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Book Chapter

Paleoenvironmental Implications of Oceanic Carbonate Sedimentation Rates

By
Thomas A. Davies
Thomas A. Davies
Department of Geology, Middlebury College
Middlebury, Vermont 05753 U.S.A.
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Thomas R. Worsley
Thomas R. Worsley
Department of Geology, Ohio University
Athens, Ohio 45701 U.S.A.
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Published:
January 01, 1981

Abstract

Global land-sea carbonate flux for the past 60 m.y. averages 10.3-12.5 × 1014 g/y, surprisingly close to 12.2 × 1014 g/y calculated using data from today's rivers. However, oceanic carbonate accumulation rates vary between 7.8 × 1014 g/y and 28.6 × 1014 g/y, a factor of four. Furthermore carbonate accumulation oscillates between periods of high (0-6, 22-30, 45-53 m.y.) and low deposition. Prior to 30 m.y.BP all oceans behaved in concert, but since then significant partitioning between the Pacific and Atlantic-Indian oceans has complicated the picture. Prior to 15 m.y.BP the Pacific consumed two-thirds of the total pelagic carbonate, but since that time has never consumed more than 50 percent of the total, and for the past 3 m.y. only 38 percent. This trend is related to hypsometry and changes in carbonate dissolution rates as well as to changes in relative size of the oceans resulting from seafloor spreading.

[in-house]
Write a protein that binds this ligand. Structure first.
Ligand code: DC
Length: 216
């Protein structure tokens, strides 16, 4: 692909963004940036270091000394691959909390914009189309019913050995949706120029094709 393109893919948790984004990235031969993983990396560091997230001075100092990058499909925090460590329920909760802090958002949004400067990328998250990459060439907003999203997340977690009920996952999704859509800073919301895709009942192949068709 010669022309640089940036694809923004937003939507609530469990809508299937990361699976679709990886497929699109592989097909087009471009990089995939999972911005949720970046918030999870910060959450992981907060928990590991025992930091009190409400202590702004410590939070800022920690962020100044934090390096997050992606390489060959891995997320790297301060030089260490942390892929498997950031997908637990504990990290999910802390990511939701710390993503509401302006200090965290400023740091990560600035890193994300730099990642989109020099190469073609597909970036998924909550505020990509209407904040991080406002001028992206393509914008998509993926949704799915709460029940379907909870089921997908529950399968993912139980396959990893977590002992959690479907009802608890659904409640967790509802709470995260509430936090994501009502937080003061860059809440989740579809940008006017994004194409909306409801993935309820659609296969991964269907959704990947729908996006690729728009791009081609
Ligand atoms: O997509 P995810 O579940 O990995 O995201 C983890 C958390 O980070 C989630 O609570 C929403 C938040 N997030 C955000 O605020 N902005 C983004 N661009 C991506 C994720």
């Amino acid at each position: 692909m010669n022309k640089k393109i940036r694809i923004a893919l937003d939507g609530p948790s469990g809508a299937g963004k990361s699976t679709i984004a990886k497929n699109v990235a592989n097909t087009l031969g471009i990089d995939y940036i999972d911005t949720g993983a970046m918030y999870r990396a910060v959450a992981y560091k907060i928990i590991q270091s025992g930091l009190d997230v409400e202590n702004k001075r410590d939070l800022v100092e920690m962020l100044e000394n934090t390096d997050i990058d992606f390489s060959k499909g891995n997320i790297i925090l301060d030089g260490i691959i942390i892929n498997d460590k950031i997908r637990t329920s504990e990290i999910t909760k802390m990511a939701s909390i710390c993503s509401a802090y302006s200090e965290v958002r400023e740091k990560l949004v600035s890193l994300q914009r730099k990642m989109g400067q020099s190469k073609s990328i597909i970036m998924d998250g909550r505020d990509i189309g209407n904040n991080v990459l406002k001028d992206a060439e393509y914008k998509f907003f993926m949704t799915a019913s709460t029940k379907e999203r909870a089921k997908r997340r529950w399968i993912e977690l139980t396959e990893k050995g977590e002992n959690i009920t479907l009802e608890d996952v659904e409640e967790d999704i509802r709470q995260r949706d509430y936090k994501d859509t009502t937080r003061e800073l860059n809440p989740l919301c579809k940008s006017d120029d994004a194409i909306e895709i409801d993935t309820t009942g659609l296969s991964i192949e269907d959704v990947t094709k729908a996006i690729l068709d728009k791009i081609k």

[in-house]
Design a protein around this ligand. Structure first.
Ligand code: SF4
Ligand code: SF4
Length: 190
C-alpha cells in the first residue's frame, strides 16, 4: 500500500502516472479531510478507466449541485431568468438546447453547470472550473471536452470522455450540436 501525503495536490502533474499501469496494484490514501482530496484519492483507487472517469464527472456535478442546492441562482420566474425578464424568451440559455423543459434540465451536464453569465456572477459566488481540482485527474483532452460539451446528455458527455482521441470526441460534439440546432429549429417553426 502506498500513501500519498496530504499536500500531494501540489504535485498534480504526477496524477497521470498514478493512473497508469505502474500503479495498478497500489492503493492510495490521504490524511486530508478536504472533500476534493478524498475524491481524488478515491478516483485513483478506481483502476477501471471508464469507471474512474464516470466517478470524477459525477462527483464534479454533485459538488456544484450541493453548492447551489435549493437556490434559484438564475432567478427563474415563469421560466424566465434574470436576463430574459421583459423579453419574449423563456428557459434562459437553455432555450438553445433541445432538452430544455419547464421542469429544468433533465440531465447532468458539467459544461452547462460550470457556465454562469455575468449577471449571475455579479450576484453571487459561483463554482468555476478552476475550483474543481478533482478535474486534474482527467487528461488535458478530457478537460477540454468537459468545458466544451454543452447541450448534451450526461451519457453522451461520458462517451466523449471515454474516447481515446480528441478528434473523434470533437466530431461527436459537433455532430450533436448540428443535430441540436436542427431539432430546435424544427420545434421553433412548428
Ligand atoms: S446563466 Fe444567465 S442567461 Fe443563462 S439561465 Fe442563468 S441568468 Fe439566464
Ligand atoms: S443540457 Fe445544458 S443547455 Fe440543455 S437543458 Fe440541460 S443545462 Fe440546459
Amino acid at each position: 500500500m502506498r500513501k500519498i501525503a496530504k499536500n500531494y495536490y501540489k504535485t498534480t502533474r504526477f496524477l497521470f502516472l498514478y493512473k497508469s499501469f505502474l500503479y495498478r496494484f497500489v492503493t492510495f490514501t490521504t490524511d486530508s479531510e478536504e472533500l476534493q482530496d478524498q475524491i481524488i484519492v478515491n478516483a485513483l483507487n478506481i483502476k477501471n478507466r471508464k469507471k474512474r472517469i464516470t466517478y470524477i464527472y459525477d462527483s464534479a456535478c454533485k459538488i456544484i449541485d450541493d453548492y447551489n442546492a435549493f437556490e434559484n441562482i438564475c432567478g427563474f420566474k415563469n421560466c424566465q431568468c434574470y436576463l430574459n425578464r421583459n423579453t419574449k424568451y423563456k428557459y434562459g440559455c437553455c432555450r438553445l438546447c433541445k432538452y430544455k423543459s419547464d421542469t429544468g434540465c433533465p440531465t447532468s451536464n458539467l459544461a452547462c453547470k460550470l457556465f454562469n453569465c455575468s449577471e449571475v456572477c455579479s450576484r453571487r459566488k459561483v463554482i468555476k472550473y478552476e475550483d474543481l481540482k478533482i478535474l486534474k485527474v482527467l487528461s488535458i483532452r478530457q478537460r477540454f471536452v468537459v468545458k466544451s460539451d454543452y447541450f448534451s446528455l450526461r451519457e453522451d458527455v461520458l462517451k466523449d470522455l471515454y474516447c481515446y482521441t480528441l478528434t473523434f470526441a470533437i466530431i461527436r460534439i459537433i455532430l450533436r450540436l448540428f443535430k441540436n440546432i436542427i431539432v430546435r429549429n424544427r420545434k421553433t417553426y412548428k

Global carbonate flux through time appears to be simply related to changing land-sea ratios as calculated from sea level curves. In this system, maximum exposed continental area correlates with high pelagic carbonate flux. Deviations from this simple relationship are attributable to changes in carbonate production-dissolution ratios, latitudinal hypsometric differences, global climatic changes, and biases introduced by the simple averaging techniques used in the calculations.

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Contents

SEPM Special Publication

The Deep Sea Drilling Project: A Decade of Progress

John E. Warme
John E. Warme
Colorado School of Mines, Golden Colorado.
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Robert G. Douglas
Robert G. Douglas
University of Southern California, Los Angeles California
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Edward L. Winterer
Edward L. Winterer
Scripps Institution of Oceanography, La Jolla California
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SEPM Society for Sedimentary Geology
Volume
32
ISBN electronic:
9781565761629
Publication date:
January 01, 1981

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